Method and apparatus for retrieving and processing data

- Cashedge, Inc.

Data is captured from a web site or other data source. Data is extracted from the web page using a data harvesting script or other data acquisition routine. The extracted data is then normalized and stored in a database. If data cannot be extracted from the web page, a copy of the captured web page is stored without personal information contained in the web page. The data harvesting script is then edited based on an analysis of the captured web page.

Skip to: Description  ·  Claims  ·  References Cited  · Patent History  ·  Patent History

Description

RELATED APPLICATIONS

This application is a Continuation of application Ser. No. 10/040,314, filed Jan. 3, 2002 now U.S. Pat. No. 7,013,310, entitled “Method and Apparatus for Retrieving and Processing Data”, and incorporated herein by reference.

TECHNICAL FIELD

The present invention relates to the retrieval and processing of data collected from web pages and/or other data sources.

BACKGROUND

Individuals, businesses, and other organizations typically maintain one or more financial accounts at one or more financial institutions. Financial institutions include, for example, banks, savings and loans, credit unions, mortgage companies, lending companies, and stock brokers. A customer's financial accounts may include asset accounts (such as savings accounts, checking accounts, certificates of deposit (CDs), mutual funds, bonds, and equities) and debt accounts (such as credit card accounts, mortgage accounts, home equity loans, overdraft protection, and other types of loans).

Many financial institutions allow customers to access information regarding their accounts via the Internet or other remote connection mechanism (often referred to as “online banking”). Typically, the customer navigates, using a web browser application, to a web site maintained by the financial institution. The web site allows the customer to login by entering a user identification and an associated password. If the financial institution accepts the user identification and password, the customer is permitted to access information (e.g., account holdings and account balances) regarding the financial accounts maintained at that financial institution.

Similarly, other organizations and institutions allow customer access to other types of accounts, such as email accounts, award (or reward) accounts, online bill payment accounts, etc. A user may navigate a web site or other information source to receive status information regarding one or more of their accounts.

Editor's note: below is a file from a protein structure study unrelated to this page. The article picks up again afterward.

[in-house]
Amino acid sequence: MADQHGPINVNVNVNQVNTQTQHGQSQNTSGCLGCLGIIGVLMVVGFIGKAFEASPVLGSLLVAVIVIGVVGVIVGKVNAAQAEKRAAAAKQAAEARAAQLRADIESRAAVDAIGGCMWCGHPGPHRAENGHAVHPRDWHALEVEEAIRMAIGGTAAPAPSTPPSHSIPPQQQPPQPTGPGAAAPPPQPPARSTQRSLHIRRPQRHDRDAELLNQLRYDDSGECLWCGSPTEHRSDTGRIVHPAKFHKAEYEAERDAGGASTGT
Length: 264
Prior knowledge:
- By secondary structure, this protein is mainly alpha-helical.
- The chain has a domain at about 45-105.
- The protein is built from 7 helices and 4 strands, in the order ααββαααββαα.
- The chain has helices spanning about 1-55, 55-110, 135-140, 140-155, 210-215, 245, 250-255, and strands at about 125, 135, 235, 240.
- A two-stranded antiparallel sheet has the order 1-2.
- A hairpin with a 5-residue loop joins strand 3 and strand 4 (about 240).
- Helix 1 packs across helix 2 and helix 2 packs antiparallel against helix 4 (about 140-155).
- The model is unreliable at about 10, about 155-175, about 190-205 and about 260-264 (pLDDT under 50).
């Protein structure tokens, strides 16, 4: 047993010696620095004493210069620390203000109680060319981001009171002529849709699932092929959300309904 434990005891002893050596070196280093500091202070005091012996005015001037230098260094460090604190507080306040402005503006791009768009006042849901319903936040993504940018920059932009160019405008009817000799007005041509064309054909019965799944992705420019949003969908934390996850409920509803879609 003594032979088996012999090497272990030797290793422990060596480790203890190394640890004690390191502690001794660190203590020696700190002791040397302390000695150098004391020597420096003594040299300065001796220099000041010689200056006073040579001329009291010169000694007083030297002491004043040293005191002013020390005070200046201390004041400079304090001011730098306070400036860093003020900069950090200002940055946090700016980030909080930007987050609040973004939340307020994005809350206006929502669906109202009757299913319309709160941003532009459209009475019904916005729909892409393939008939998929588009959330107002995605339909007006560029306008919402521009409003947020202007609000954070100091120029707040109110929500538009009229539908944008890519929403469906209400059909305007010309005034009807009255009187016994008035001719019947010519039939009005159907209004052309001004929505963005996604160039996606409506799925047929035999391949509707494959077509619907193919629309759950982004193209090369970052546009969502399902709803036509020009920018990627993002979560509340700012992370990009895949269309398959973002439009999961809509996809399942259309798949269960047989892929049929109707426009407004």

Certain application programs are able to extract data from web pages based on a previously defined layout of information on the web pages. For example, an account balance may be positioned in a particular location of a specific web page. The application program extracts the account balance data from that particular location to obtain a customer's current account balance. However, if the layout of the web page is modified, the previously defined layout of information on the web page is not accurate and the application program cannot properly extract the desired data from the web page.

The systems and methods described herein addresses these and other problems by providing a mechanism for updating the manner in which data is extracted from web pages when a web page layout is changed.

SUMMARY

The systems and methods described herein automatically extract data from web pages and other data sources associated with various institutions. The data is extracted from a data source, such as a web page using a data harvesting script or other data extraction/data acquisition routine. The extracted data is stored in a database using a standard format. If the layout of data on a particular web page changes, a copy of the web page is captured and stored for future analysis when updating one or more data extraction procedures (e.g., data harvesting scripts). Personal or confidential information is deleted from the captured web page before storing the captured web page.

A particular embodiment captures a web page from an institution's web site. Data is extracted from the web page using a data harvesting script. The extracted data is then normalized and stored in a database.